DETROIT – Michigan Gov. Gretchen Whitmer discussed a range of pressing issues surrounding the pandemic on Flashpoint Sunday from the possibility of the state moving backward in its reopening plan, schooling in the fall, her executive powers to coronavirus patients in nursing homes.
Threat of community spread
Speaking to Flashpoint host Devin Scillian, Whitmer acknowledged that the threat of community spread could play a major role in moving the state backward in its reopening plan.
“The thing about telling you precisely at what point we turn the dial, it’s about increase right, so seven days, 14 days of sustained increase, how big those increases are, but also the context matters, so if we have 140 cases in Wayne County for instance, but we have a nexus, they all came out of one house party, or they all came out of one facility, then we can trace and isolate, but if those 140 cases have no nexus, that they are just randomized, that means that there is community spread,” said Whitmer.
She emphasized that while coronavirus case numbers are important context is what really matters.
“But without that context we can’t tell you for sure if there is community spread or if there is a nexus and they are very different situations. If there is community spread, that’s alarming, and that’s when we look to perhaps take a step back,” she said.
Schooling in the fall
Fall high school sports in Michigan are set to begin as normal, but there will be contingency plans in place for possible coronavirus interruptions.
In regards to the new developments in high school sports Whitmer warned that what happened in Florida could become a reality in Michigan ‘if we all drop our guard.’
Just last weekend Florida shattered the national record for the largest single-day increase in positive coronavirus cases in any state since the beginning of the pandemic.
“What we see happening in Florida could be Michigan if we all drop our guard, and that is why doubling down on masking up right now is important. Our actions today are going to tell us where we are in 55 days when our kids are supposed to be getting back into class,” said Whitmer.
Governor’s executive powers
Since the first Michigan coronavirus cases were announced in March Whitmer has issued more than 100 executive orders to address the coronavirus pandemic.
“These are powers that I never wanted to use and I certainly do not relish using them right now, each decision I make weighs heavily on me. The fact of the matter is with a virus that has grown this quickly, that has taken this many lives, it is incumbent on the nation’s governors to step up and lead where there is a vacuum of leadership in Washington, DC,” she said.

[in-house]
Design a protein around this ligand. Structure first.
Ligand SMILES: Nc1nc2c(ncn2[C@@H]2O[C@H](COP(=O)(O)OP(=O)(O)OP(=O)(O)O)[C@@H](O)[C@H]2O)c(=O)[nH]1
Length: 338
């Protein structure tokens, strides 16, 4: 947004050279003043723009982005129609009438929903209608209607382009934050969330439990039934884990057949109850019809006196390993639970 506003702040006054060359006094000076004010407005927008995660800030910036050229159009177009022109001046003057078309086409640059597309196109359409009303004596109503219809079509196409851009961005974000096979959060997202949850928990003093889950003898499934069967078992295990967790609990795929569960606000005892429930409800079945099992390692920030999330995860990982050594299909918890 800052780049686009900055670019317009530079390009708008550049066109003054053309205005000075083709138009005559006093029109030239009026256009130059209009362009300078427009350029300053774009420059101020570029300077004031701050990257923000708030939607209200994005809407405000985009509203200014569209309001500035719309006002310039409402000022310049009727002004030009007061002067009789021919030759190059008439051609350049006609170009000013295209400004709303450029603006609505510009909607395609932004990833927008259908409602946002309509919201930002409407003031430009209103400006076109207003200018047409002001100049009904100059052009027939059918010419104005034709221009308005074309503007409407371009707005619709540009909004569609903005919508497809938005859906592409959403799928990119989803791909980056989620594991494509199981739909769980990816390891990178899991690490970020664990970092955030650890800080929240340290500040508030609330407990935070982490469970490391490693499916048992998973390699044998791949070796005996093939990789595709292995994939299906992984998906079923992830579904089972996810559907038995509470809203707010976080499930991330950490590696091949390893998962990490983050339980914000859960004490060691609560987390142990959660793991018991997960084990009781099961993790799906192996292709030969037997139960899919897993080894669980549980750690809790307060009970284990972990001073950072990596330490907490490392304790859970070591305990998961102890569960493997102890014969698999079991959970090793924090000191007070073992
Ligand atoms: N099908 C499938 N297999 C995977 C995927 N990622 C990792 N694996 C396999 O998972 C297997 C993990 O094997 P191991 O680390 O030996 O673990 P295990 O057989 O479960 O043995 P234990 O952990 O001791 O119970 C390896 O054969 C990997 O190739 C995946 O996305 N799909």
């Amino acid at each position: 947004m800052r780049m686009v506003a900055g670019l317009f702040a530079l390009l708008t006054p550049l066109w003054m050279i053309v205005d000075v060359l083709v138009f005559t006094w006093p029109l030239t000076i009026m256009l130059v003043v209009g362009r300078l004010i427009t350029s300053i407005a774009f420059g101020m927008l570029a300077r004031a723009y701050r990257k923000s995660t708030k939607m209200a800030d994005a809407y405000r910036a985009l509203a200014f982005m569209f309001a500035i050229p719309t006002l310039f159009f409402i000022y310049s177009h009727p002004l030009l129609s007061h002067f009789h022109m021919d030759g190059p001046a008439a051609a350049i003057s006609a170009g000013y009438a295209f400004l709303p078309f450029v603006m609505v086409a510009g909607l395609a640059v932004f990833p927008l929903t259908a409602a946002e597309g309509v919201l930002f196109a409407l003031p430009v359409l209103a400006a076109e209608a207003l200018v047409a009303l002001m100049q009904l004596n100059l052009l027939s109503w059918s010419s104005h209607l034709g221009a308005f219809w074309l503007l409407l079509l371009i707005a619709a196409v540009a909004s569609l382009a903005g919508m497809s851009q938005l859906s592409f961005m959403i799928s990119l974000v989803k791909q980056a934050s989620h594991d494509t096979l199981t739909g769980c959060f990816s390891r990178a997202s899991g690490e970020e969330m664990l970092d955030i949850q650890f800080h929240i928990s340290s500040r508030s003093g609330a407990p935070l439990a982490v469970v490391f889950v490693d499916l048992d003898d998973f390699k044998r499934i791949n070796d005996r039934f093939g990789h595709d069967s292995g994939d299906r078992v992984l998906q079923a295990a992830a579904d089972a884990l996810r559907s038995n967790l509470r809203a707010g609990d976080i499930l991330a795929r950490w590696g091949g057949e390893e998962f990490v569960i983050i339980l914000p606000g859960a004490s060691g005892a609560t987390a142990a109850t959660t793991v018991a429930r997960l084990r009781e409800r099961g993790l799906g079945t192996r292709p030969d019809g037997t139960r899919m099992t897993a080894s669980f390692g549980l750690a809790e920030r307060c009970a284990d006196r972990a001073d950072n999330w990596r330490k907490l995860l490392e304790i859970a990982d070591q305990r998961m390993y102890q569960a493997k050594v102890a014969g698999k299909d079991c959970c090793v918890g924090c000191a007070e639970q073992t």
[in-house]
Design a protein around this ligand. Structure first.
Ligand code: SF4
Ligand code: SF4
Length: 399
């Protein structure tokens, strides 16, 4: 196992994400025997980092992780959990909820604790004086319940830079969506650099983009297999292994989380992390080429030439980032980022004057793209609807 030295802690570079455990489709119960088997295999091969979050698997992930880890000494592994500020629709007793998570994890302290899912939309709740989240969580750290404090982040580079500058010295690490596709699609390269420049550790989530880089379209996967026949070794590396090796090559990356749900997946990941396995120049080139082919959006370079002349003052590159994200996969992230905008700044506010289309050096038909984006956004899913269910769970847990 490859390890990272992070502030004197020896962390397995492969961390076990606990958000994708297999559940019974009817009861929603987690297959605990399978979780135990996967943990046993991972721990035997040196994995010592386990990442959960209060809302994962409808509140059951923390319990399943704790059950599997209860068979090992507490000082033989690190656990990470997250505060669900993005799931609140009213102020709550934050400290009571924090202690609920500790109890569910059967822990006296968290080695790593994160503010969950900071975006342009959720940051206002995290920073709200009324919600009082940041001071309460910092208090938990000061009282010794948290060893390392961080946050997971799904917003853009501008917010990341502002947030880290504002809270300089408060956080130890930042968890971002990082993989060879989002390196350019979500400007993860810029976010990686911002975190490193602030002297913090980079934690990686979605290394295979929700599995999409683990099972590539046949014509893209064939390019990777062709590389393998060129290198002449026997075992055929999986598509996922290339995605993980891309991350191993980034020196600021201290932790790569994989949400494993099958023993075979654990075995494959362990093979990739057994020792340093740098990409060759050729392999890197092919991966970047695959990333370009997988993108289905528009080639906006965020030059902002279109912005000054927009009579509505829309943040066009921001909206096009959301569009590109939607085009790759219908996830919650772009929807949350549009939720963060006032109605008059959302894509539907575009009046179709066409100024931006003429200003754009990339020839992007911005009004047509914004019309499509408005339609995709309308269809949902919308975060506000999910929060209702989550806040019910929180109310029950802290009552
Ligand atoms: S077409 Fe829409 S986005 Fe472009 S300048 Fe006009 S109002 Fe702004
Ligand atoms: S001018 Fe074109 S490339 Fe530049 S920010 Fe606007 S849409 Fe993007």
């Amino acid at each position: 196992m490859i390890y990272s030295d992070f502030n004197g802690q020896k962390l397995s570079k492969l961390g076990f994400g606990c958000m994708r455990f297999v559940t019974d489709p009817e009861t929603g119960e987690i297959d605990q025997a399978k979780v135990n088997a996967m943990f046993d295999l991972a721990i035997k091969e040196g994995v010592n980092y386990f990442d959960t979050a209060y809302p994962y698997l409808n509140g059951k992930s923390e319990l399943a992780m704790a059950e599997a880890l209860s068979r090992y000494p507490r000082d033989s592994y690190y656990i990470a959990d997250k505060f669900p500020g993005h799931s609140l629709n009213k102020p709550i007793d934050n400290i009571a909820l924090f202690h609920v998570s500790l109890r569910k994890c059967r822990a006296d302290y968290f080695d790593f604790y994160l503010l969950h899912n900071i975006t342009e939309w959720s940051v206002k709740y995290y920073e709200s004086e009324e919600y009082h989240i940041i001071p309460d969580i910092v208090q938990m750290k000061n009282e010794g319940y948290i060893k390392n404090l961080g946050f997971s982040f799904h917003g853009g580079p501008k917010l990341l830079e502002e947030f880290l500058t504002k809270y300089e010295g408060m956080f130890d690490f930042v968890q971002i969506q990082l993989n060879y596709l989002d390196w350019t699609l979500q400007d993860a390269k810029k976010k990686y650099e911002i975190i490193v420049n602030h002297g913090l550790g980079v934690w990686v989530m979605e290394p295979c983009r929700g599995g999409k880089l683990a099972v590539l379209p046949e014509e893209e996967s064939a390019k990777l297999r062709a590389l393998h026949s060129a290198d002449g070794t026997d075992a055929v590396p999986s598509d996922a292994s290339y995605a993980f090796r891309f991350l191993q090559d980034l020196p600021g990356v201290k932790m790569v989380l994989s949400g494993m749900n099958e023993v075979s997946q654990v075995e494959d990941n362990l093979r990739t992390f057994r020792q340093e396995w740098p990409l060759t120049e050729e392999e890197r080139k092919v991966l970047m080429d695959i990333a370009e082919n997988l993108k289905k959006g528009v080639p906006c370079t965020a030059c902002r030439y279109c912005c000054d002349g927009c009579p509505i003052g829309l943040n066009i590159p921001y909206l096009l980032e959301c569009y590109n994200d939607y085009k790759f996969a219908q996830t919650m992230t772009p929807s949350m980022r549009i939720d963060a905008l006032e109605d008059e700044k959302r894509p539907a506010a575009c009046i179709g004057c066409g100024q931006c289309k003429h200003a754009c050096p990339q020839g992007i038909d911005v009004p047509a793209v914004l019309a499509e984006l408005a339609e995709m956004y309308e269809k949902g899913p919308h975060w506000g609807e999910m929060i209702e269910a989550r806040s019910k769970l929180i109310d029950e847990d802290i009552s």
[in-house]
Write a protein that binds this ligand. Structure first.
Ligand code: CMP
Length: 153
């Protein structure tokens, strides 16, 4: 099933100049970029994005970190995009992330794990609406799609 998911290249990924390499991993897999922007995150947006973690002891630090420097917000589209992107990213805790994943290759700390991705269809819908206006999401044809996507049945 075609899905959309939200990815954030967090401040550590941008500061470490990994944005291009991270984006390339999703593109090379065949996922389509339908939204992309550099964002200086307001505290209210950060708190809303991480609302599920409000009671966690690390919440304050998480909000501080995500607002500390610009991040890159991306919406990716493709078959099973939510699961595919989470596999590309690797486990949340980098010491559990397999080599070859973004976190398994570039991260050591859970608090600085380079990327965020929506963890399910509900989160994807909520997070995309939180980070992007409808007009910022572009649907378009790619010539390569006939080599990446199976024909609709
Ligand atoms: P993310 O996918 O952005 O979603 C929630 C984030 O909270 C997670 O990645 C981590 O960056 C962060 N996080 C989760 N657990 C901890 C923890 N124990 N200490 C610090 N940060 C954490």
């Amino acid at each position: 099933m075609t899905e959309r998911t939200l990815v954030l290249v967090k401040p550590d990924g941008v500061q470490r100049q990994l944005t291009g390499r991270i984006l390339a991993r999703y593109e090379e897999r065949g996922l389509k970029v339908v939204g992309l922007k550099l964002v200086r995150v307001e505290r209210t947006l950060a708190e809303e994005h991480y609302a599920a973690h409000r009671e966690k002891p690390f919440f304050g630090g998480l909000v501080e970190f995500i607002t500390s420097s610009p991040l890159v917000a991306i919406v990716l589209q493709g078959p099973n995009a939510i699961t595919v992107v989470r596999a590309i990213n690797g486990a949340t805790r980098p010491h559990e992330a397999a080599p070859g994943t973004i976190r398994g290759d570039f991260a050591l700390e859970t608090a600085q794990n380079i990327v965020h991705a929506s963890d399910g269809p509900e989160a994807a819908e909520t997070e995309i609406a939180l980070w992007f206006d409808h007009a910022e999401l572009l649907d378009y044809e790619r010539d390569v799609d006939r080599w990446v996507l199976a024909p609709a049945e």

She says there are Florida residents who believe the state’s governor did not use the executive powers he had to prevent deaths.
“I would much rather be in the position we are in, in Michigan right now,” said Whitmer.
Coronavirus patients in nursing homes
She was also questioned about her approach to putting patients with the coronavirus in nursing homes.
“We never mandated that any nursing home take coronavirus patients. What we did do is say if they are returning residents to nursing homes, residents who had coronavirus, that they had to isolate them and build up a separate facility for them. And that was precisely what the Center for Disease Control and Prevention recommended,” said Whitmer.
She says every step her administration took was what the CDC suggested and best practice at the time.
“But at no point in time did we ever require any nursing home to take a coronavirus patient back, if they didn’t believe that they were able to do so in a safe manner,” added Whitmer defending her administration.
The number of confirmed cases of the coronavirus (COVID-19) in Michigan has risen to 73,663 as of Sunday, including 6,119 deaths, state officials report.
On Saturday the state reported a total of 55,162 recoveries. The state also reports “active cases,” which were listed at 11,900 as of Saturday.
“The trajectory that we are on is very concerning. It is more in the nature of seeing community spread and that is why we have to mask up now,” said Whitmer.